As far as I know Azure does not have a load balancer for internal services, internal endpoints are not load balanced. But can someone have implemented a "soft" solution, or can advice me some helpful articles to read?

Thx a lot


There are two ways you can handle this: One way with services running in Virtual Machines, and another for services running in web/worker roles.

First: Virtual Machines. If you have your service running in a Virtual Machine, you could take advantage of Azure's external load-balancer to load-balance across multiple virtual machines running in a single service. Traditionally this posed a security issue, as you'd have an external (input) endpoint open to the world and would need to implement your own security accordingly within the VMs themselves (iptables / Windows firewall). There's a brand new feature called ACL'd Endpoints, which let you allow/block access to an external endpoint based on IP ranges. This means any traffic from a cloud service (whether virtual machines or web/worker) could be properly allowed access with a simple configuration call (only via PowerShell today). Here's an excerpt taken from Michael Washam's blog post about this:

$acl = New-AzureAclConfig
Set-AzureAclConfig -AddRule Permit -RemoteSubnet "" -Order 1 -ACL $acl -Description "Just for my deployment"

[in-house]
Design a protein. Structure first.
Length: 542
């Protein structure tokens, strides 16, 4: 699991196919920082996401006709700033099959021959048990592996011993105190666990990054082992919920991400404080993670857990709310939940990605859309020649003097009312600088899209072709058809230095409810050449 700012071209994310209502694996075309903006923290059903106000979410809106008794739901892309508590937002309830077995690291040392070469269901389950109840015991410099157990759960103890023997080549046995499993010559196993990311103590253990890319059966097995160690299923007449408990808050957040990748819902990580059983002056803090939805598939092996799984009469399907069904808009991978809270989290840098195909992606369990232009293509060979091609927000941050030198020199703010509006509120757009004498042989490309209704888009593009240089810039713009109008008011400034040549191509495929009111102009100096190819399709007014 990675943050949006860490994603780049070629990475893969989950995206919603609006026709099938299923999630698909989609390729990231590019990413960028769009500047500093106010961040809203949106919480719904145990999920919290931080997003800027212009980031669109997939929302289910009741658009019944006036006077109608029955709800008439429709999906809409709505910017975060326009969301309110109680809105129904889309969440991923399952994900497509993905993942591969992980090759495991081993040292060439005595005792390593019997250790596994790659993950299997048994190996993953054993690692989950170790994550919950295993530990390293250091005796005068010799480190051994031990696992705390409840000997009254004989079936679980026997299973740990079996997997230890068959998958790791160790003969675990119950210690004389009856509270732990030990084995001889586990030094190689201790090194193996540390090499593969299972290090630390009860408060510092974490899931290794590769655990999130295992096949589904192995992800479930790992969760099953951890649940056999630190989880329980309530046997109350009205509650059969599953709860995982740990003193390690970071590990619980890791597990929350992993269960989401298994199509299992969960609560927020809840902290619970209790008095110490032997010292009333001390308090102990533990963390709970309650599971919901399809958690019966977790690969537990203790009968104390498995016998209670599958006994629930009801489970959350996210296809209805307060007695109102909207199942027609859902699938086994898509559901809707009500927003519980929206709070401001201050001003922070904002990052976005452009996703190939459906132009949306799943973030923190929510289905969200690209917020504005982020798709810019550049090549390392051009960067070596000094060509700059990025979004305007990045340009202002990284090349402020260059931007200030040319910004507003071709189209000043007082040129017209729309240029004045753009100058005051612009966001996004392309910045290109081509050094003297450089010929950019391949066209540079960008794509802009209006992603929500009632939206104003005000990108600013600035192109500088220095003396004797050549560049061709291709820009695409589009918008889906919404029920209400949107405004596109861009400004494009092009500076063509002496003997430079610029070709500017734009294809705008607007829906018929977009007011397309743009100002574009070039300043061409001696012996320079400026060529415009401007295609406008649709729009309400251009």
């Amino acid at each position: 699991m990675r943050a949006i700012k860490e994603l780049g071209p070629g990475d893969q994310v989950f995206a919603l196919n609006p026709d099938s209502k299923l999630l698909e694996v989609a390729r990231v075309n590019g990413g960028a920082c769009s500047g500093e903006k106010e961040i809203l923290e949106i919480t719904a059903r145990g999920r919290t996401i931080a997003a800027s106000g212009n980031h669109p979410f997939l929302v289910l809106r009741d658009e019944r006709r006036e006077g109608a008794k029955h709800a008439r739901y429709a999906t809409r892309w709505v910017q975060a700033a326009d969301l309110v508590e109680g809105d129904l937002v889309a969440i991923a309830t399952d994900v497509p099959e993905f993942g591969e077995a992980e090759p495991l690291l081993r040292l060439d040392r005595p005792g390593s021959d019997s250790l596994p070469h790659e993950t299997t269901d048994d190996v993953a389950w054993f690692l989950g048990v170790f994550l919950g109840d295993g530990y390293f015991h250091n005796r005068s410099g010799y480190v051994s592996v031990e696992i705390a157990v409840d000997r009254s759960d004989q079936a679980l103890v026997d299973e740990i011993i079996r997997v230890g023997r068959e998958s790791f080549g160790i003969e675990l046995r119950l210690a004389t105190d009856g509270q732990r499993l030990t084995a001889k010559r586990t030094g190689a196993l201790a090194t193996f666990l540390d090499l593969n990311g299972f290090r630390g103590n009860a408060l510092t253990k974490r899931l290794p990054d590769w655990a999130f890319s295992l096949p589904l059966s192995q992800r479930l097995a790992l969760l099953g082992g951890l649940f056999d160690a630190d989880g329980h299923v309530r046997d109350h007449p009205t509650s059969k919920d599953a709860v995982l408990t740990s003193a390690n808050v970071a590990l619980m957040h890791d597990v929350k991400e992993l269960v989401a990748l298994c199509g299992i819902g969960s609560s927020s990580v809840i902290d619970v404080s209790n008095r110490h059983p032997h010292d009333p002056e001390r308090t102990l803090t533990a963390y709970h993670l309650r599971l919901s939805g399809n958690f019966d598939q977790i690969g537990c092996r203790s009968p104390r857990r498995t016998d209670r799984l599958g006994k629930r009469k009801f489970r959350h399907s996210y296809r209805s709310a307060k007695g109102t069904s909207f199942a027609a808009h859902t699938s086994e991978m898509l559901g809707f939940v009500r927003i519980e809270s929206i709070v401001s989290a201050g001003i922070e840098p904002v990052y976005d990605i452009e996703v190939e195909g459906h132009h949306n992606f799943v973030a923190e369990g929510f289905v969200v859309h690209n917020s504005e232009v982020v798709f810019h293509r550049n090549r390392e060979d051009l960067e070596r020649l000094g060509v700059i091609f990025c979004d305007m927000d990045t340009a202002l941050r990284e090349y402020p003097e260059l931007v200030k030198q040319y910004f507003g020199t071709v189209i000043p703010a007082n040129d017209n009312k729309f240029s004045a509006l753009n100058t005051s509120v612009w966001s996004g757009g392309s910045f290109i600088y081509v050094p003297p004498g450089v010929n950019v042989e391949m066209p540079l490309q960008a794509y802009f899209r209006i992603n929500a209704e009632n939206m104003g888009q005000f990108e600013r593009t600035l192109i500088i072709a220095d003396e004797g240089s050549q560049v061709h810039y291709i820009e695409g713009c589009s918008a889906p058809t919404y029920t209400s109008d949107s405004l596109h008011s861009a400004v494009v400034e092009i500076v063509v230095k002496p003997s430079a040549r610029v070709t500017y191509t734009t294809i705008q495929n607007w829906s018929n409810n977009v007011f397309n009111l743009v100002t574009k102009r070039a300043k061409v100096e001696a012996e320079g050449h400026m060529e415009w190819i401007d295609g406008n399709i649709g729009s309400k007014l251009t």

Get-AzureVM -ServiceName myservice -Name myvm | 
Set-AzureEndpoint -Name restapi -Protocol tcp -PublicPort 8000 -LocalPort 80 -ACL $acl | 

Next: Web/worker. Let's say you're running a private service in a worker role, with several instances. You can enumerate the instances from your caller (e.g. a web role instance), then select one of the ip+port's at random (or round robin, or whatever mechanism you choose). Fairly straightforward, doing something like this (and borrowed from my StackOverflow answer here):

private String GetRandomServiceIP(String roleName, String endPointName)
    var endpoints = RoleEnvironment.Roles[roleName].Instances.Select(i => i.InstanceEndpoints[endPointName]).ToArray();
    var r = new Random(DateTime.Now.Millisecond);
    int ipIndex = r.Next(endpoints.Count());
    return endpoints[ipIndex].IPEndpoint.Address.ToString();
  • If you randomly choose an instance to go, what if one of instances has failed, it will have a chance to take the fault one? And it's without any performance probing, is just completely a random strategy. – iNc0ming Jul 26 '13 at 2:27
  • I gave you an example that gives you everything you need for enumerating internal endpoints on Windows Azure (along with a Virtual Machine LB solution as a bonus). Feel free to modify to make it more robust with performance probing, instance failure detection, etc. – David Makogon Jul 26 '13 at 4:22
  • thanks, I'll have a go, it sounds not that difficult.I need to be careful about the performance impact on probing and failure detection.thanks again! – iNc0ming Jul 26 '13 at 8:12

A software solution to load balancing would be to use a Service Bus queue with the Worker role instance count > 1. Each worker role listens to the queue and processes the messages as they come in. Busy worker roles will obviously have to finish what they are doing before grabbing the next message off the queue and processing it. That way the load is distributed among the worker role instances.

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